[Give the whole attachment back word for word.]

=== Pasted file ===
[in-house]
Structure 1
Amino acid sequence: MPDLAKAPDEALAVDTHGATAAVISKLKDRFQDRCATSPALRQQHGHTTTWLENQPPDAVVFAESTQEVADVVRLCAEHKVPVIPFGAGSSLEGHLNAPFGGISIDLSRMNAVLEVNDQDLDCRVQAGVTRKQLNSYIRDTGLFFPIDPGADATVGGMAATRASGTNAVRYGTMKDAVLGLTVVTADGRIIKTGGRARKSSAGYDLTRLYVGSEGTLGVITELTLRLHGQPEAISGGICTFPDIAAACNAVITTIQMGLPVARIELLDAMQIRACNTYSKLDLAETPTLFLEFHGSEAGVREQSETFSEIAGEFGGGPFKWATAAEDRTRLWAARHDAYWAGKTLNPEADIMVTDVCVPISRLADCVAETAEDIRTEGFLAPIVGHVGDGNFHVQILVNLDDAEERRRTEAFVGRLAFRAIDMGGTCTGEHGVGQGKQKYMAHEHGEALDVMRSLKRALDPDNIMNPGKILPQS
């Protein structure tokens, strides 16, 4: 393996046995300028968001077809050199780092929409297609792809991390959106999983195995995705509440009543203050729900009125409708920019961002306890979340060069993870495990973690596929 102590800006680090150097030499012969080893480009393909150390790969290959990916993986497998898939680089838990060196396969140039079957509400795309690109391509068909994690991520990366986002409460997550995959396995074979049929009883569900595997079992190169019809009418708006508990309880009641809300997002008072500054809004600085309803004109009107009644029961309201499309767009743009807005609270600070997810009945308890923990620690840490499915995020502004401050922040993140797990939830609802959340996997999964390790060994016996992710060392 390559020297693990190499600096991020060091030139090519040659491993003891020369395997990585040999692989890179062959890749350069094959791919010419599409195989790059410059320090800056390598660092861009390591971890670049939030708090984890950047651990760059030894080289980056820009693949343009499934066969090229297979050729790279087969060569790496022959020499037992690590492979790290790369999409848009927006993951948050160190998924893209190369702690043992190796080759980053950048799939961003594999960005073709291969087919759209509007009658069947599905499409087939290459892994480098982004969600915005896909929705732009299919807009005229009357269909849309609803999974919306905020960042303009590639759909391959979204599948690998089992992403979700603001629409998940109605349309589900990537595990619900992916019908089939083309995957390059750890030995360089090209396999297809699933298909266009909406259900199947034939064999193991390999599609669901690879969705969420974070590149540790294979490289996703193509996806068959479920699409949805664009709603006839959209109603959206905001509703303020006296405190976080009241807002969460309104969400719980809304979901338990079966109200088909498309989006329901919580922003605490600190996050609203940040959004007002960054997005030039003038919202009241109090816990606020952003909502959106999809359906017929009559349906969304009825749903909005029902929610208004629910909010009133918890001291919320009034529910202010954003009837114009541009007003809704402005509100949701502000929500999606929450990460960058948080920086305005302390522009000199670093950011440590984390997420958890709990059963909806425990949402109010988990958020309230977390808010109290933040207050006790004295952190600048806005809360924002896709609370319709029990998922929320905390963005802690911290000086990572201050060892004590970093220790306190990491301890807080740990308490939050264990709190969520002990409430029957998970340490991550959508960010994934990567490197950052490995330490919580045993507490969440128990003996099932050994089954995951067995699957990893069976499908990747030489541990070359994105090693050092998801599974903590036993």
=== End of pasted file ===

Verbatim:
[in-house]
Structure 1
Amino acid sequence: MPDLAKAPDEALAVDTHGATAAVISKLKDRFQDRCATSPALRQQHGHTTTWLENQPPDAVVFAESTQEVADVVRLCAEHKVPVIPFGAGSSLEGHLNAPFGGISIDLSRMNAVLEVNDQDLDCRVQAGVTRKQLNSYIRDTGLFFPIDPGADATVGGMAATRASGTNAVRYGTMKDAVLGLTVVTADGRIIKTGGRARKSSAGYDLTRLYVGSEGTLGVITELTLRLHGQPEAISGGICTFPDIAAACNAVITTIQMGLPVARIELLDAMQIRACNTYSKLDLAETPTLFLEFHGSEAGVREQSETFSEIAGEFGGGPFKWATAAEDRTRLWAARHDAYWAGKTLNPEADIMVTDVCVPISRLADCVAETAEDIRTEGFLAPIVGHVGDGNFHVQILVNLDDAEERRRTEAFVGRLAFRAIDMGGTCTGEHGVGQGKQKYMAHEHGEALDVMRSLKRALDPDNIMNPGKILPQS
């Protein structure tokens, strides 16, 4: 393996046995300028968001077809050199780092929409297609792809991390959106999983195995995705509440009543203050729900009125409708920019961002306890979340060069993870495990973690596929 102590800006680090150097030499012969080893480009393909150390790969290959990916993986497998898939680089838990060196396969140039079957509400795309690109391509068909994690991520990366986002409460997550995959396995074979049929009883569900595997079992190169019809009418708006508990309880009641809300997002008072500054809004600085309803004109009107009644029961309201499309767009743009807005609270600070997810009945308890923990620690840490499915995020502004401050922040993140797990939830609802959340996997999964390790060994016996992710060392 390559020297693990190499600096991020060091030139090519040659491993003891020369395997990585040999692989890179062959890749350069094959791919010419599409195989790059410059320090800056390598660092861009390591971890670049939030708090984890950047651990760059030894080289980056820009693949343009499934066969090229297979050729790279087969060569790496022959020499037992690590492979790290790369999409848009927006993951948050160190998924893209190369702690043992190796080759980053950048799939961003594999960005073709291969087919759209509007009658069947599905499409087939290459892994480098982004969600915005896909929705732009299919807009005229009357269909849309609803999974919306905020960042303009590639759909391959979204599948690998089992992403979700603001629409998940109605349309589900990537595990619900992916019908089939083309995957390059750890030995360089090209396999297809699933298909266009909406259900199947034939064999193991390999599609669901690879969705969420974070590149540790294979490289996703193509996806068959479920699409949805664009709603006839959209109603959206905001509703303020006296405190976080009241807002969460309104969400719980809304979901338990079966109200088909498309989006329901919580922003605490600190996050609203940040959004007002960054997005030039003038919202009241109090816990606020952003909502959106999809359906017929009559349906969304009825749903909005029902929610208004629910909010009133918890001291919320009034529910202010954003009837114009541009007003809704402005509100949701502000929500999606929450990460960058948080920086305005302390522009000199670093950011440590984390997420958890709990059963909806425990949402109010988990958020309230977390808010109290933040207050006790004295952190600048806005809360924002896709609370319709029990998922929320905390963005802690911290000086990572201050060892004590970093220790306190990491301890807080740990308490939050264990709190969520002990409430029957998970340490991550959508960010994934990567490197950052490995330490919580045993507490969440128990003996099932050994089954995951067995699957990893069976499908990747030489541990070359994105090693050092998801599974903590036993």